Vulcani Institute, that quinoa is acceptable. Thus, it should not be a
"matter of dispute".

The only reason that I can see for people suggesting now that "perhaps"
quinoa should be considered kitniyot, is that they feel uncomfortable
with permissive rulings in general, and are seeking a chumrah. A form of
reverse psak-shopping?

Perry Zamek


From: Ira L. Jacobson <laser@...>
Date: Mon, 16 May 2005 15:26:28 +0300
Subject: Re: Religious Non-Zionists

Jeanette Friedman stated the following on Thu, 12 May 2005 06:51:22 EDT

      My uncle, Baruch Yerachmiel Yehoshua Rabinowich, the Admor of
      Munkacs, was made "ois rebbe" and now the chassidim say "Yemach
      Shmo" because he was a Zionist.  As far as I am concerned those
      who use that phrase regarding my uncle, well, the less I say what
      I think about that, the better.

That is little short of amazing.  In Petah Tiqwa there was a Munkacser
Rebbbe with a very similar name; viz., Morenu Verabbenu Harav R' Barukh
Yehoshu`a Yerahmi'el Rabinowitz ztz"l.  And his grandson, R' Asher, was
groomed to be the next rebbe, but for some reason he chose to leave the
Land of Israel for Brooklyn.  And thereby seems to have forfeited his
claim to the title.

IRA L. JACOBSON         


From: <aliw@...> (Arie)
Date: Mon, 16 May 2005 22:40:32 +0200
Subject: Taharo Customs

 Perets Mett in 47/93:
>I too have heard similar stories - from people who have never seen a
>taharo.  Maybe there is, or was, a custom to pour the tisho kabin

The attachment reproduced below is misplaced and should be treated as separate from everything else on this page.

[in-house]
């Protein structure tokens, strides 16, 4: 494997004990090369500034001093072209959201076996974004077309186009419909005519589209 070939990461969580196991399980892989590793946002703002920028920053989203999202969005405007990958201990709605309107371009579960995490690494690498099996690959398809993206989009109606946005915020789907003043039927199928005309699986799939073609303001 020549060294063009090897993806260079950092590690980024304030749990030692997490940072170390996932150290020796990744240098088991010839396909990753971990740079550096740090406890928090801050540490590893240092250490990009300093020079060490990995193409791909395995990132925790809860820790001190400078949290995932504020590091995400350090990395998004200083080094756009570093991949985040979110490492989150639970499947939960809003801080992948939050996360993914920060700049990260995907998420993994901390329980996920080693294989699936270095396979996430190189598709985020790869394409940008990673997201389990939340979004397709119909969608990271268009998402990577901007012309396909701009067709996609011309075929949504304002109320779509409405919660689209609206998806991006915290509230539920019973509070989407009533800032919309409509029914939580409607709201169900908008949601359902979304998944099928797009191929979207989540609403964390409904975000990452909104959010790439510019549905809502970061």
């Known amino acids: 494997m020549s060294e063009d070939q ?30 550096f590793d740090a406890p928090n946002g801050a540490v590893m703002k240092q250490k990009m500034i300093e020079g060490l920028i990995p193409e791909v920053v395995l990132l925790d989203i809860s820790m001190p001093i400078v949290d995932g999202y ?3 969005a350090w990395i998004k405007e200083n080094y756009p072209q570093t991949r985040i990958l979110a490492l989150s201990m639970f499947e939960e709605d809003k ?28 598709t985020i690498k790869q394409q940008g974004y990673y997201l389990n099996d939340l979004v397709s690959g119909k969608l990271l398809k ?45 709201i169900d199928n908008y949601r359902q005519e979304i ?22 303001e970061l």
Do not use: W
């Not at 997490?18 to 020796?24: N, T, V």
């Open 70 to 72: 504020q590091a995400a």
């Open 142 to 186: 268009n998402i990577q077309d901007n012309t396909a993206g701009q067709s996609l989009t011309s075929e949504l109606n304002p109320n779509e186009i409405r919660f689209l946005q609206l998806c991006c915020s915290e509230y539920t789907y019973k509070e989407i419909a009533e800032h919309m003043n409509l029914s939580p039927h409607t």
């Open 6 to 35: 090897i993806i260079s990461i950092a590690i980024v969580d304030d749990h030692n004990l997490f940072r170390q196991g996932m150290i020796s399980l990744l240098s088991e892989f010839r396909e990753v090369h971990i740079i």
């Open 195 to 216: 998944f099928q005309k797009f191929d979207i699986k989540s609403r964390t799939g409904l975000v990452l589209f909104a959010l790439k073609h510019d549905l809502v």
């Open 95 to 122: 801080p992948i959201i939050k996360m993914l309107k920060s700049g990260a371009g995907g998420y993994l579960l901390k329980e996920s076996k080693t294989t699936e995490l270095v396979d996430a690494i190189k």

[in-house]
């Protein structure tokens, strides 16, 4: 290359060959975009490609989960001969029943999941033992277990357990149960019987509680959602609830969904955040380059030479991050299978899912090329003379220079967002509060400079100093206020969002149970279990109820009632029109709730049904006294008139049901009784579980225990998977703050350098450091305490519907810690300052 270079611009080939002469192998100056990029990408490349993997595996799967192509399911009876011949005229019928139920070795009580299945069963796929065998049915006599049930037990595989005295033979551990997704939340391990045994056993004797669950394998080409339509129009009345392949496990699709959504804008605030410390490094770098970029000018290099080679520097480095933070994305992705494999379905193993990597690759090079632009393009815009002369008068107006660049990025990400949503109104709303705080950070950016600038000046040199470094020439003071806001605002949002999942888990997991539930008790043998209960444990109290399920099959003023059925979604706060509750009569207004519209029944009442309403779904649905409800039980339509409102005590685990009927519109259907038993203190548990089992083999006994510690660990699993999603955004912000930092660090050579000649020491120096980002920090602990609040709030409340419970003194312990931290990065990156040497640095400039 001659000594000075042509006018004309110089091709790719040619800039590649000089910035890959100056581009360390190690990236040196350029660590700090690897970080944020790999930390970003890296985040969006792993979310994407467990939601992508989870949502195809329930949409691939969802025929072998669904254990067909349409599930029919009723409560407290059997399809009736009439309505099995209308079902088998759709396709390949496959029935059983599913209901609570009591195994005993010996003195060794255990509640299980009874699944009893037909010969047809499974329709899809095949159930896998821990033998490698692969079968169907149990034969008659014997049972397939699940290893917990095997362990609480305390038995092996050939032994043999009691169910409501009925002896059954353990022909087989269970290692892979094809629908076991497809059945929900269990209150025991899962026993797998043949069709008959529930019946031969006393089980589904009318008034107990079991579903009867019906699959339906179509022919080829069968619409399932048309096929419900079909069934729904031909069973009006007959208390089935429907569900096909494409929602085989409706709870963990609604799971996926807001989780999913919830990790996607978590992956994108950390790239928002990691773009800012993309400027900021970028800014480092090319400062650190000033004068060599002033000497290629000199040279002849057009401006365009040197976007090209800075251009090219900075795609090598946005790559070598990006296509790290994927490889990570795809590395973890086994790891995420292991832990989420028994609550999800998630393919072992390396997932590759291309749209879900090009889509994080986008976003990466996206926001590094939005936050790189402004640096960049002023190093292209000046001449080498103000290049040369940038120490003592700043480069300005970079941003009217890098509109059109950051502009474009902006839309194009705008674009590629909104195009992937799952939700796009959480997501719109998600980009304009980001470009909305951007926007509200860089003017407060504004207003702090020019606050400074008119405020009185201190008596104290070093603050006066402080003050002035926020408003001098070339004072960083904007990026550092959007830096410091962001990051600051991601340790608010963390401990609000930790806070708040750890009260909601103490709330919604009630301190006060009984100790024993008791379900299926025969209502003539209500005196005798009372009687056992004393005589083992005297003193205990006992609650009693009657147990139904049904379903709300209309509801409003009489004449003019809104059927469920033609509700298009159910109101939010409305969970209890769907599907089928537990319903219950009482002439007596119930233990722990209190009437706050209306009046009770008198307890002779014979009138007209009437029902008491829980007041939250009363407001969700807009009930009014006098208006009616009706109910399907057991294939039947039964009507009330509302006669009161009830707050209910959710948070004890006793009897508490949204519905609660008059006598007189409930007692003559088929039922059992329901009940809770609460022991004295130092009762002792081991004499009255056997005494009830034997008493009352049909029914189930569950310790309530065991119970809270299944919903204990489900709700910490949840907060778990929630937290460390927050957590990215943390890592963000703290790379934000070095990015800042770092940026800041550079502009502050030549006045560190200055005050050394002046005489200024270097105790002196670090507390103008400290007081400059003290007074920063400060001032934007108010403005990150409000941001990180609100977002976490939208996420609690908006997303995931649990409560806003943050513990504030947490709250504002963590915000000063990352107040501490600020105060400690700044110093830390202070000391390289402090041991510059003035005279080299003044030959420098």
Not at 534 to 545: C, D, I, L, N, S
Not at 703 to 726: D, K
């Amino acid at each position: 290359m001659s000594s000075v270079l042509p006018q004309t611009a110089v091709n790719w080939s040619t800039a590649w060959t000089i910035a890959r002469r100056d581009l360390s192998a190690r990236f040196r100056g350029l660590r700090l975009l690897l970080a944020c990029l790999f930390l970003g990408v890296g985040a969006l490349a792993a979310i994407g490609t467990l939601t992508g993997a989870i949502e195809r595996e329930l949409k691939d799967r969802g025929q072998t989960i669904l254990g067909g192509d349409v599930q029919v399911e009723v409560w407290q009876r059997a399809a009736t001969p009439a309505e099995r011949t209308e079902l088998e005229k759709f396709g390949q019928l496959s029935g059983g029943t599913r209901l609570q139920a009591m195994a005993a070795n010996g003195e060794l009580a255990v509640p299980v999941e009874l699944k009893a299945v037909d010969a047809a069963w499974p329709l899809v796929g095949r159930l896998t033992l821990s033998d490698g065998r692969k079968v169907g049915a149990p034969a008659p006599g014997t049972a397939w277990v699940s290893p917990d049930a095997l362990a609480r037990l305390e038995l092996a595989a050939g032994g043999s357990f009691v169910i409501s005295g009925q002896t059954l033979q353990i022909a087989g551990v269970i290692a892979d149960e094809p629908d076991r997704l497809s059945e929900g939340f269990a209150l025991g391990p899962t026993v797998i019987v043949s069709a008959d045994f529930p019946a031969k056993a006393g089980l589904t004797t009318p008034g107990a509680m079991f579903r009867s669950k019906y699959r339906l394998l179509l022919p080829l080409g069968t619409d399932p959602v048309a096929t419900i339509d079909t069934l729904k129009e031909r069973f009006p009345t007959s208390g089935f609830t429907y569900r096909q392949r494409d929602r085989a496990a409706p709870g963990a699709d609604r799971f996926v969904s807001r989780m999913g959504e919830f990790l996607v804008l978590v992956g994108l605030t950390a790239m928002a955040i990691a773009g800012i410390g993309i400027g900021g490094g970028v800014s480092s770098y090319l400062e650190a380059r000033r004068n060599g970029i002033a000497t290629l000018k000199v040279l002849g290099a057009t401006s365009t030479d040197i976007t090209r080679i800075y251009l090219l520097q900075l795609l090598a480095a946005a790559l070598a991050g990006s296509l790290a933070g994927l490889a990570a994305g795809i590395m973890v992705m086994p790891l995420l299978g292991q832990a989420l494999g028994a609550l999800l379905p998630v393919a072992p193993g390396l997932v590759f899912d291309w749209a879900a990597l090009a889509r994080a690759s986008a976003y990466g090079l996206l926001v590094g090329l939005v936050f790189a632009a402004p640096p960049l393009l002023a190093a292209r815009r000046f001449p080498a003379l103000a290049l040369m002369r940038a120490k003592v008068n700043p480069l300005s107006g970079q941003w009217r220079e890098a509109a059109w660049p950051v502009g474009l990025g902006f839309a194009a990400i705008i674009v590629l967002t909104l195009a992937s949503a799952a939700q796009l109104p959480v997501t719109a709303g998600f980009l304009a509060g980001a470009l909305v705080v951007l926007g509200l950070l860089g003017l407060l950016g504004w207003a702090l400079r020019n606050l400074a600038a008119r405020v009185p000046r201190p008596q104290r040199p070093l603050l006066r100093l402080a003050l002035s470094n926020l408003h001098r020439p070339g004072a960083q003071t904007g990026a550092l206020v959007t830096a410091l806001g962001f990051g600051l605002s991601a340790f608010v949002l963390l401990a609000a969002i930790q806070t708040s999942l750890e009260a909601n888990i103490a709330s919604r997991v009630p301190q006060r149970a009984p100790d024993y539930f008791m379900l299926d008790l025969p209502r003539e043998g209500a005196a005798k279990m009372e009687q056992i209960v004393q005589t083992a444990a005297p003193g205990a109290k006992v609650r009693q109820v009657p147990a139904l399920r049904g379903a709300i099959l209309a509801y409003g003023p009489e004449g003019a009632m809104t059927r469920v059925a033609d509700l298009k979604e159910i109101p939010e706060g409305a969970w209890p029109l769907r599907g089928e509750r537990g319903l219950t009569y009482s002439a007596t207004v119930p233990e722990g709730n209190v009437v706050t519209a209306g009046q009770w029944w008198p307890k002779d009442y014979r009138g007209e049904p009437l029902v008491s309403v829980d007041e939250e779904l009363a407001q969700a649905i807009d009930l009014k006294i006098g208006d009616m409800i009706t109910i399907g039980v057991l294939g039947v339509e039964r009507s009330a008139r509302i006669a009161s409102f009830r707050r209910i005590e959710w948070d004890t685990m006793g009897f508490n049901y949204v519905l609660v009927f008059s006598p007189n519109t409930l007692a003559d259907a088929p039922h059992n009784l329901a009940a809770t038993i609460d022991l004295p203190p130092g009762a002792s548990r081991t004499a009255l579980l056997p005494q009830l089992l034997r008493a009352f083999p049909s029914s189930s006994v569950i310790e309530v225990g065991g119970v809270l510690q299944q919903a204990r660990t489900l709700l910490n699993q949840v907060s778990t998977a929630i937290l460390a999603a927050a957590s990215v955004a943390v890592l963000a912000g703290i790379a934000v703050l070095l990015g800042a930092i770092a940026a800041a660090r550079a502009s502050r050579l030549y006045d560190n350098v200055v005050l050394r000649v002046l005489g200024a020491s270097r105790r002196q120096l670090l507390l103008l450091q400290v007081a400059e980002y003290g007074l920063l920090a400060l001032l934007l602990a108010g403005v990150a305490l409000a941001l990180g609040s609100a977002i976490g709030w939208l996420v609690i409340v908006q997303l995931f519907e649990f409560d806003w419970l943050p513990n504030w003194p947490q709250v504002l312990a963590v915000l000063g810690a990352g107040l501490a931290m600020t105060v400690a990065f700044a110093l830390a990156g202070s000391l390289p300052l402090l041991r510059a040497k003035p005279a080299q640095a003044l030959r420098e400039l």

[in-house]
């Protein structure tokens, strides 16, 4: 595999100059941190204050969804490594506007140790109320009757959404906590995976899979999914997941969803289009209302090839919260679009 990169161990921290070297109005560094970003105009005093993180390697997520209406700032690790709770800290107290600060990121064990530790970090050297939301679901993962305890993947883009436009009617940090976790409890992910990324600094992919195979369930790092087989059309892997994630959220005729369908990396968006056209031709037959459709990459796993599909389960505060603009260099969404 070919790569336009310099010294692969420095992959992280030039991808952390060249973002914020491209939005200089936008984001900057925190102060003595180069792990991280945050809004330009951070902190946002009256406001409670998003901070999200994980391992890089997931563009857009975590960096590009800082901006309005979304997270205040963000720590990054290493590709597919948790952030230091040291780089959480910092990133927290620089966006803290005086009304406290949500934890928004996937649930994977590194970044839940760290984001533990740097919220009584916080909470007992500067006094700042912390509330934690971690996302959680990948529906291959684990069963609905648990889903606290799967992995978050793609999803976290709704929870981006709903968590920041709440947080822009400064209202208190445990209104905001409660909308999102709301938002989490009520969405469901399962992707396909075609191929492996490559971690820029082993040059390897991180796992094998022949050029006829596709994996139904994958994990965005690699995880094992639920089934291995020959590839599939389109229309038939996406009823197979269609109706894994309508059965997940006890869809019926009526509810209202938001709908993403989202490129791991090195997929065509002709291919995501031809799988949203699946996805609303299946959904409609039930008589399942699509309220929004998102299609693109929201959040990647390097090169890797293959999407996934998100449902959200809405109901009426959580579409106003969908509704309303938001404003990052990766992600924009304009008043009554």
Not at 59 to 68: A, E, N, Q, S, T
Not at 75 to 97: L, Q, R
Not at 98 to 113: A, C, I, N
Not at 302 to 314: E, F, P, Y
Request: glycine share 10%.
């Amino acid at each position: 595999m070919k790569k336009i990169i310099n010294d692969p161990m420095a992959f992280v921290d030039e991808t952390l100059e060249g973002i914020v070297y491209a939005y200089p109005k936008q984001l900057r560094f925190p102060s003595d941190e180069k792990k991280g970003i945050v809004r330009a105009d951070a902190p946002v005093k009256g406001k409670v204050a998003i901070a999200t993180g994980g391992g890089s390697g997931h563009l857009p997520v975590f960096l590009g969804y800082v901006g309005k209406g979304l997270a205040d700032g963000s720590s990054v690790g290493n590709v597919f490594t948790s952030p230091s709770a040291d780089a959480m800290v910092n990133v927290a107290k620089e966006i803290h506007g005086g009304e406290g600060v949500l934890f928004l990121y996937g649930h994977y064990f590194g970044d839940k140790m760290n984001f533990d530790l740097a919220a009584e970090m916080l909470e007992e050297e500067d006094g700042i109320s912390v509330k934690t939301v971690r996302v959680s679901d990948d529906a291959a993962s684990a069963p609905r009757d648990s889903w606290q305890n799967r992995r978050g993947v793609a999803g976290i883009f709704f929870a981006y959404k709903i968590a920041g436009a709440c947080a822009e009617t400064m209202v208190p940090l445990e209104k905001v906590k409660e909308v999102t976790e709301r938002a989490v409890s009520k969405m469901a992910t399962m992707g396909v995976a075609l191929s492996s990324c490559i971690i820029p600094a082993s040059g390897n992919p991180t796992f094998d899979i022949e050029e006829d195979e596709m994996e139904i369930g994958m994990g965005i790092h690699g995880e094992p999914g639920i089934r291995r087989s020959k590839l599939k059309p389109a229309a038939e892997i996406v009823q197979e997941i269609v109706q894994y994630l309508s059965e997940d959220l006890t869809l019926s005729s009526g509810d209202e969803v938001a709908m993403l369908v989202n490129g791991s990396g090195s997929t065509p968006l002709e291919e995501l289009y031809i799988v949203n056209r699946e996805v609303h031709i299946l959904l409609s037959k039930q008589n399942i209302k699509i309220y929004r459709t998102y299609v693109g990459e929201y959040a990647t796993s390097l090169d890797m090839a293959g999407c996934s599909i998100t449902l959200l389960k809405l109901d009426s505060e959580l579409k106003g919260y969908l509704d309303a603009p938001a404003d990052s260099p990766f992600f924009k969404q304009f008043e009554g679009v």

>backhandedly in some communities.
>All I can say is that, in 32 years as a misasek in a chevra kadisha
>(a) I have never seen a taharo performed with a drinking glass, and,
>anyway (b) the water is poured in a normal, forward fashion.
>I can only guess that in former times buckets did not have handles,
>necessitating backhanded pouring.

i read this, and know that i, too, have been nudnikking my kids, and
everyone else in sight, for years, not to pour "like that" because
"that's the way they pour when they do tahara".  i can't let this one
go. i tried my sefarim on aveilut - no go. surfed the net, several good
articles, but nothing specific on how the water is poured.

unfortunately, there is little opportunity in israel's cities (as
opposed to smaller towns, kibbutzim, moshavim and the like) to be a
member of a chevra, which are professional organizations with salaried
workers, who, for the most part (with some irritating exceptions), do
their work with compassion and care (if there were, i believe that i
would welcome the opportunity to do chesed shel emet). so i called a
friend who is a senior member of the largest chevra in Jerusalem and he
said - yes, i've heard that people say that, but it's nonsense!

thank you, Perets, for setting me straight.  



End of Volume 47 Issue 98